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|Case Number:||Environment and Land E004 of 2021|
|Parties:||Diana Bukachi v Diani Beachalets|
|Date Delivered:||25 Mar 2022|
|Court:||Environment and Land Court at Kwale|
|Judge(s):||Edda Dena Addraya|
|Citation:||Diana Bukachi v Diani Beachalets  Limited  eKLR|
|Court Division:||Environment and Land|
|Disclaimer:||The information contained in the above segment is not part of the judicial opinion delivered by the Court. The metadata has been prepared by Kenya Law as a guide in understanding the subject of the judicial opinion. Kenya Law makes no warranties as to the comprehensiveness or accuracy of the information|
REPUBLIC OF KENYA
IN THE ENVIRONMENT AND LAND COURT AT KWALE
ELC NO E004 OF 2021
DIANI BEACHALETS  LIMITED.........................DEFENDANT
1 The Plaintiff filed together with the Plaint a Notice of Motion application dated 13th October 2021. The application seeks the following orders;-
b) That pending interparties hearing of this application, the respondent whether by themselves, agents, servants, or anyone acting on their behalf in any way be restrained from blocking the beach access, putting any barrier or structure or otherwise dealing in any manner likely to hinder, limit the plaintiff and or her agents, employees or anyone acting on her behalf from accessing the beach using the footpath adjacent to land reference no Kwale/Diani Beach Block/1813,Kwale/Diani Beach Block 1814 and Kwale/Diani Beach Block/1815.
c) That pending interparties hearing of this suit, the respondent whether by themselves, agents, servants, or anyone acting on their behalf in any way be restrained from blocking the beach access, putting any barrier or structure or otherwise dealing in any manner likely to hinder, limit the plaintiff and or her agents, employees or anyone acting on her behalf from accessing the beach using the footpath adjacent to land reference no Kwale/Diani Beach Block/1813,Kwale/Diani Beach Block 1814 and Kwale/Diani Beach Block/1815.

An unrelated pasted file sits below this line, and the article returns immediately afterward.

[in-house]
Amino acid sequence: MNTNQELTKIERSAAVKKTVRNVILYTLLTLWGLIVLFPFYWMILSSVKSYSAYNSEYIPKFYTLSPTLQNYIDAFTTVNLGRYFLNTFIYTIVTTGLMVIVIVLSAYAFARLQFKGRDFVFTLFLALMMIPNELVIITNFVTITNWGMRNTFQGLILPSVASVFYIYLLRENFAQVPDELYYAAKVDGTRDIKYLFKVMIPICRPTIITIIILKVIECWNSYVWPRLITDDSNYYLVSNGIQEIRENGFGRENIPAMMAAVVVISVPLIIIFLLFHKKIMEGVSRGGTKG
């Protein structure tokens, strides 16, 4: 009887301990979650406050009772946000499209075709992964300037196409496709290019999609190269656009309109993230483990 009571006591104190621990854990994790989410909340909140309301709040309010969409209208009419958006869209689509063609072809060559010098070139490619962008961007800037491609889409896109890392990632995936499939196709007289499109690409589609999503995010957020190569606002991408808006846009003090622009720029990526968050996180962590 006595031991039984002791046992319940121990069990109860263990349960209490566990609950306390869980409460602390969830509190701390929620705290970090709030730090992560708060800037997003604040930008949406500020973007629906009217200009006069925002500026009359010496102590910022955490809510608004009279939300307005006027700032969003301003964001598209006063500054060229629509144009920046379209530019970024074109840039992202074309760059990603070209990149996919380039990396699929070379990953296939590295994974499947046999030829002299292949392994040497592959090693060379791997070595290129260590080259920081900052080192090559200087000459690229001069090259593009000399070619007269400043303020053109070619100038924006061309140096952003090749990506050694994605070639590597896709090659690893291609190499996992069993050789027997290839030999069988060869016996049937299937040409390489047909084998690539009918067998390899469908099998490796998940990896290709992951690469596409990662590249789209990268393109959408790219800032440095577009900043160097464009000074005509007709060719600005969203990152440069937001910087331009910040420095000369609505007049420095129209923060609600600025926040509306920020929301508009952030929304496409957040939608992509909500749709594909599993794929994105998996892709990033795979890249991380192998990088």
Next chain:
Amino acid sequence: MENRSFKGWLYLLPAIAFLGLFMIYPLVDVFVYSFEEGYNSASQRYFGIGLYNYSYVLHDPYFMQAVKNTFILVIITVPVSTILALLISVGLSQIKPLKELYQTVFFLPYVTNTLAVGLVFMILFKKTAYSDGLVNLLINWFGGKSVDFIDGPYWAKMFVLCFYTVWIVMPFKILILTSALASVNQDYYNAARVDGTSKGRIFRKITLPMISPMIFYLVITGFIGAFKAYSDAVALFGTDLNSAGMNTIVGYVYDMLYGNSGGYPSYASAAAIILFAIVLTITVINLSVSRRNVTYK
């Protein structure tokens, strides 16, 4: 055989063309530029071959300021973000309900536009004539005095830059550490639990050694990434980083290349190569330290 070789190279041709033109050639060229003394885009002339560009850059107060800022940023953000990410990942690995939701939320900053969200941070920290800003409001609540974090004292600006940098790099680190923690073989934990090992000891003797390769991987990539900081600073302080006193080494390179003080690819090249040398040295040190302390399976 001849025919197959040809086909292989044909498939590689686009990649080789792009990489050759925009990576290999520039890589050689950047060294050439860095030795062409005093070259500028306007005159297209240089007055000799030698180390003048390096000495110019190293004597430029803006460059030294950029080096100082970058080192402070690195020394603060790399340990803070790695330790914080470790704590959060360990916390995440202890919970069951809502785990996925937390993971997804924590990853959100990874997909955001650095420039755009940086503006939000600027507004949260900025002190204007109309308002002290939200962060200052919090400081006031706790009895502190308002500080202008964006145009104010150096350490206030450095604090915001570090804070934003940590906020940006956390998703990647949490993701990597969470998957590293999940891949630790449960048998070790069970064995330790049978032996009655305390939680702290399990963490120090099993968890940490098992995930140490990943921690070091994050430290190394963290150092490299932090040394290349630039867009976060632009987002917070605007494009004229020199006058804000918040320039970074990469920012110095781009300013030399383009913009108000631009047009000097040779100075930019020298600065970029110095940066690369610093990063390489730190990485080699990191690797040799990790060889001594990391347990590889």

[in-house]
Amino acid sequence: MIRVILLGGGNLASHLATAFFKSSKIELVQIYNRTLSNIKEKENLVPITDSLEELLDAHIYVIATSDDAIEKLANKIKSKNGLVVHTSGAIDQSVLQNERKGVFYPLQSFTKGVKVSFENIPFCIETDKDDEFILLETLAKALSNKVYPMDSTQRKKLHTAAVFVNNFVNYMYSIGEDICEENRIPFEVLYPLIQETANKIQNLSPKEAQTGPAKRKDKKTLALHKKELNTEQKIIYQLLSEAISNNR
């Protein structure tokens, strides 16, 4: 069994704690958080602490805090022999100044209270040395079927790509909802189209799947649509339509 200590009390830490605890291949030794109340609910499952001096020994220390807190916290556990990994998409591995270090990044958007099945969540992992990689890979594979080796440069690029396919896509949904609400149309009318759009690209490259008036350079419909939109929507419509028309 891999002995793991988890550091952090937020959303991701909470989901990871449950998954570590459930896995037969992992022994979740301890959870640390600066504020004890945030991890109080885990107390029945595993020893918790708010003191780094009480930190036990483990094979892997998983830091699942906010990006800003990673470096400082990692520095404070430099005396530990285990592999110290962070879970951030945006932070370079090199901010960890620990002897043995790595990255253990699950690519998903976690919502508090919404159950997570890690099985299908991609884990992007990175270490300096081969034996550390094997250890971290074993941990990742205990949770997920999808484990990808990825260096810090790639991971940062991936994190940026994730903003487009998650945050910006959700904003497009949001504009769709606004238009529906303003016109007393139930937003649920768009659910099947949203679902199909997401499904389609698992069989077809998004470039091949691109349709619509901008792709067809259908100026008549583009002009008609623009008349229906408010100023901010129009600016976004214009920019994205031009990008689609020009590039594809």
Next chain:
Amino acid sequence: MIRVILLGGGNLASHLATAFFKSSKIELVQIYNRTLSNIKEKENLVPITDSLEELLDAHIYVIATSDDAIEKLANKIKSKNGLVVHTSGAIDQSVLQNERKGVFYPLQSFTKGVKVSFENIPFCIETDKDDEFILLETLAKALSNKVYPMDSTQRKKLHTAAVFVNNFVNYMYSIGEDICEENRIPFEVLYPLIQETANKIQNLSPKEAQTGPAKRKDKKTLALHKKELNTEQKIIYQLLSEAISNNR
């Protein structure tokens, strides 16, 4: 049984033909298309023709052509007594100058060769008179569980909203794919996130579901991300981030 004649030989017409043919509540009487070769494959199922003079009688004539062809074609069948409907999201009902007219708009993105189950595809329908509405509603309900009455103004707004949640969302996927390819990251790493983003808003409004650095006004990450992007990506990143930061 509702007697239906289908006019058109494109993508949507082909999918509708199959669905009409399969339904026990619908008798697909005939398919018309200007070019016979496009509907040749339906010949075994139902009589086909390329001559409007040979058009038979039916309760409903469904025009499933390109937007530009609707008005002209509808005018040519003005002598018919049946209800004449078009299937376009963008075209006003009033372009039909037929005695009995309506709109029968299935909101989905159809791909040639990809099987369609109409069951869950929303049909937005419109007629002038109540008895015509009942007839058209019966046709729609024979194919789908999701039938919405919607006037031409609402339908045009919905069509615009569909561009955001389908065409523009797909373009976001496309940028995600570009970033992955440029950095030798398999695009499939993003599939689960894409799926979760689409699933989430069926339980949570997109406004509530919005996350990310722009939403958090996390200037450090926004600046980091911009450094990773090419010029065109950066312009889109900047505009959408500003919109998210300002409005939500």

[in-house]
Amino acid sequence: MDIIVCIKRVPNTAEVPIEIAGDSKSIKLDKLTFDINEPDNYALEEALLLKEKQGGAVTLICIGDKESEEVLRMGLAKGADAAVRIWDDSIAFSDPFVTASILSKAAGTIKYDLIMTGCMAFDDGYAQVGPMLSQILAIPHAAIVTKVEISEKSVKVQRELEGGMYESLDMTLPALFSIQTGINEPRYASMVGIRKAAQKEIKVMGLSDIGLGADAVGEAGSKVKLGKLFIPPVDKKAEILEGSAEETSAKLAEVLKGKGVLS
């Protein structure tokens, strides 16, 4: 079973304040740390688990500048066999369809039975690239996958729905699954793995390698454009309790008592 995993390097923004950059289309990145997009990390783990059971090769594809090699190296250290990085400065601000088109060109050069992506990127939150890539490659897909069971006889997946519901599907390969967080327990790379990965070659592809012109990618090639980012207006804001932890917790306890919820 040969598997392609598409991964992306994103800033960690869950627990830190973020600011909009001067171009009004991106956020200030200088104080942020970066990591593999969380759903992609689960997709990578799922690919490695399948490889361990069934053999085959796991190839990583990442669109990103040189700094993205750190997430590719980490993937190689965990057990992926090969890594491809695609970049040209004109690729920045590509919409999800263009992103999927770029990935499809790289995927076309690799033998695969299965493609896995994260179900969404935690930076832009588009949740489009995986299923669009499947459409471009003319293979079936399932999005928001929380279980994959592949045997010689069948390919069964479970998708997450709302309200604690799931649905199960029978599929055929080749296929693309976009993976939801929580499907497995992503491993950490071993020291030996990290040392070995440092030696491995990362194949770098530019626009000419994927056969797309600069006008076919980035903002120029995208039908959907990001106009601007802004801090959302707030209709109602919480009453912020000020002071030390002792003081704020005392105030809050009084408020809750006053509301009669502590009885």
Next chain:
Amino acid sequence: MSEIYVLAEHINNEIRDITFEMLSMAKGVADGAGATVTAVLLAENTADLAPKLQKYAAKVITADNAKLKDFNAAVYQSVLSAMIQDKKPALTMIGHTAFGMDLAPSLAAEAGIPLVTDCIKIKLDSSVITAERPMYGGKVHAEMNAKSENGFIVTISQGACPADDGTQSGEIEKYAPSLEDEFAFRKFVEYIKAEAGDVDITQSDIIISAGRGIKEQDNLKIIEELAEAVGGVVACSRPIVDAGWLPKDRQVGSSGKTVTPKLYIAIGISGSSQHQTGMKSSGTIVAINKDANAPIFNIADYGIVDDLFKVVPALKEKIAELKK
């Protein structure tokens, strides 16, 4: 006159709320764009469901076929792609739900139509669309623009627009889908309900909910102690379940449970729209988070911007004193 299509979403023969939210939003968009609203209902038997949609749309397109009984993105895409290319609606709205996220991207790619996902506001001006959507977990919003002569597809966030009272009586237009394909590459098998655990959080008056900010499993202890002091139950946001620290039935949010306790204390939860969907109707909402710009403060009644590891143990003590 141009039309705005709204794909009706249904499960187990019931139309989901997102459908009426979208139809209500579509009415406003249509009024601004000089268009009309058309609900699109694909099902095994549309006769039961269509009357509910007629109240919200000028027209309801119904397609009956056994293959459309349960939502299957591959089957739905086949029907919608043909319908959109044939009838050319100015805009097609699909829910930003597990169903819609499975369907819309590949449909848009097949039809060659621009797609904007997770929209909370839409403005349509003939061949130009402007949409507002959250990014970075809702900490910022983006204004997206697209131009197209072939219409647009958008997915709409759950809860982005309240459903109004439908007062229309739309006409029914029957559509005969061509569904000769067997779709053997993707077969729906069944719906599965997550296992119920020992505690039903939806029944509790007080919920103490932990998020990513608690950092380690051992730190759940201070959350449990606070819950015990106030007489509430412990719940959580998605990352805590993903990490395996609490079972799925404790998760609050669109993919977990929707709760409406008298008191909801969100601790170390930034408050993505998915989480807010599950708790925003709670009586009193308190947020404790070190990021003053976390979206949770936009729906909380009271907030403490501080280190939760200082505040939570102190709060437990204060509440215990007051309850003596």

d) That the officer commanding station [OCS]Diani Police Station be ordered to ensure compliance with order 2 and 3 above.
e) That costs of this application be in cause
2 The application is supported by the affidavit sworn by Diana Bukachi the Plaintiff. The plaintiff avers that she is the registered owner of Land Parcel No Kwale/Diani Beach Block/1813 (herein the suit property) which she purchased from the Respondent after subdivision of the Respondents parcel Kwale/Diani Beach Block/1554. She stated that clause 3.6 of the sale agreement dated 23/9/2011 provided that the Applicant would be granted beach access footpath(easement) which was to be registered against the land register of the adjacent properties Kwale/Diani Beach Block 1813 and Kwale/Diani Beach Block 1814. That the deed of easement was prepared by the Applicants lawyers, executed by both parties but were misplaced at the Land Registry while awaiting registration. Another set of the documents was prepared on the advise of the Registrar however the Respondent despite numerous demands refused to execute the deeds of easement and facilitate registration of the same. Further that the Respondent subsequently blocked the beach access preventing the Applicant from accessing the beach. The Applicant averred that she has been deprived of her right to quiet and peaceful enjoyment of her property and that she has suffered loss and continues to suffer loss which cannot be adequately compensated by damages. She prayed for the application to be allowed.
3 The application was opposed vide a replying affidavit sworn by Dorothy Carson a Director of the defendant Respondent. She confirmed that she entered into the sale agreement herein and that the easement discussions did not begin until the sub division process was finalized. It was stated that after execution of the agreement the applicant without informing the Respondent demolished some bandas within the suit property that had been agreed would be used by the Applicant to run a bed and breakfast business and the remainder of the plot used to build the applicant’s residential house.
4 It was also confirmed that the parties executed the easement documents in 2014 which got lost before registration. The Respondent stated that they were reluctant to pay another sum for registration. Further that they had agreed with the Applicant that her business would not be in competition with the Respondents business, that beach access granted was for residential use. That it became a concern to the Respondents when the Applicant allowed access third parties with unknown people getting access of the Respondents properties. That the applicant further put up an advert for her cottages [Kiani Cottages] which was a breach of their agreement and also tried to sell the same. That the suit premises were leased between 2015-2020 but the tenants reached an agreement with the Respondents on who could access the beach and until they moved out the agreement had been working well. According to the Respondents the access was closed after the tenants left as the applicant was not in occupation of the suit property. That the nature of the business carried out by the respondents required maximum security and it posed a great danger to the business if strangers were allowed the access.